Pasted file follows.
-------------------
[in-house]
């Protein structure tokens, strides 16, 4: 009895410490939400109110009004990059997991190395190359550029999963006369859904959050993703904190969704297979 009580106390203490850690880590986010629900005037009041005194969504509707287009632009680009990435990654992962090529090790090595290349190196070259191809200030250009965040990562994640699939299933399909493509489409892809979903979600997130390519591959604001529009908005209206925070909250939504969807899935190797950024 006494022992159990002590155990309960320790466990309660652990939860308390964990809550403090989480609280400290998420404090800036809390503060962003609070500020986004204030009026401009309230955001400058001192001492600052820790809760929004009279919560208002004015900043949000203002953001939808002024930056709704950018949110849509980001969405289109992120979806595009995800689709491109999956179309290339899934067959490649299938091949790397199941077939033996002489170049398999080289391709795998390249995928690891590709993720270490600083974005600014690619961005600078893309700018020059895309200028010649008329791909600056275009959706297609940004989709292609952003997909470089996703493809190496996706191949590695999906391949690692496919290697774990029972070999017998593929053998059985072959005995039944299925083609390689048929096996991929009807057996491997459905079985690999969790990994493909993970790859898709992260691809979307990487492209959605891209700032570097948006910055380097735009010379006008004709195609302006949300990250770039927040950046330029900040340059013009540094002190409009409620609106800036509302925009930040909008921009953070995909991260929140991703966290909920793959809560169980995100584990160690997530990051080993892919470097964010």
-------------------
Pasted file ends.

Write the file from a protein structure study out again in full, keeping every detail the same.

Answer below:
[in-house]
């Protein structure tokens, strides 16, 4: 009895410490939400109110009004990059997991190395190359550029999963006369859904959050993703904190969704297979 009580106390203490850690880590986010629900005037009041005194969504509707287009632009680009990435990654992962090529090790090595290349190196070259191809200030250009965040990562994640699939299933399909493509489409892809979903979600997130390519591959604001529009908005209206925070909250939504969807899935190797950024 006494022992159990002590155990309960320790466990309660652990939860308390964990809550403090989480609280400290998420404090800036809390503060962003609070500020986004204030009026401009309230955001400058001192001492600052820790809760929004009279919560208002004015900043949000203002953001939808002024930056709704950018949110849509980001969405289109992120979806595009995800689709491109999956179309290339899934067959490649299938091949790397199941077939033996002489170049398999080289391709795998390249995928690891590709993720270490600083974005600014690619961005600078893309700018020059895309200028010649008329791909600056275009959706297609940004989709292609952003997909470089996703493809190496996706191949590695999906391949690692496919290697774990029972070999017998593929053998059985072959005995039944299925083609390689048929096996991929009807057996491997459905079985690999969790990994493909993970790859898709992260691809979307990487492209959605891209700032570097948006910055380097735009010379006008004709195609302006949300990250770039927040950046330029900040340059013009540094002190409009409620609106800036509302925009930040909008921009953070995909991260929140991703966290909920793959809560169980995100584990160690997530990051080993892919470097964010």